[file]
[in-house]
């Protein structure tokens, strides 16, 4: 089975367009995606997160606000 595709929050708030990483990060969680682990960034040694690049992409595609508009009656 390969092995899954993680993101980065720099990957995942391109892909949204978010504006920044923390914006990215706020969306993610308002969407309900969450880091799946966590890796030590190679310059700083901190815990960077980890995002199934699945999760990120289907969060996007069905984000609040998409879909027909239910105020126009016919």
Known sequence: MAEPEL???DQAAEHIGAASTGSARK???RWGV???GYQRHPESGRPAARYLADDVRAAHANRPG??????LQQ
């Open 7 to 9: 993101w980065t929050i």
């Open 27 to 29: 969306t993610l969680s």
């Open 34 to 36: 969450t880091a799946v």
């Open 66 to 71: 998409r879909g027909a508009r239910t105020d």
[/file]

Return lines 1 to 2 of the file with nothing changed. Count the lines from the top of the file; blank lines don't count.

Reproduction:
[in-house]
């Protein structure tokens, strides 16, 4: 089975367009995606997160606000 595709929050708030990483990060969680682990960034040694690049992409595609508009009656 390969092995899954993680993101980065720099990957995942391109892909949204978010504006920044923390914006990215706020969306993610308002969407309900969450880091799946966590890796030590190679310059700083901190815990960077980890995002199934699945999760990120289907969060996007069905984000609040998409879909027909239910105020126009016919």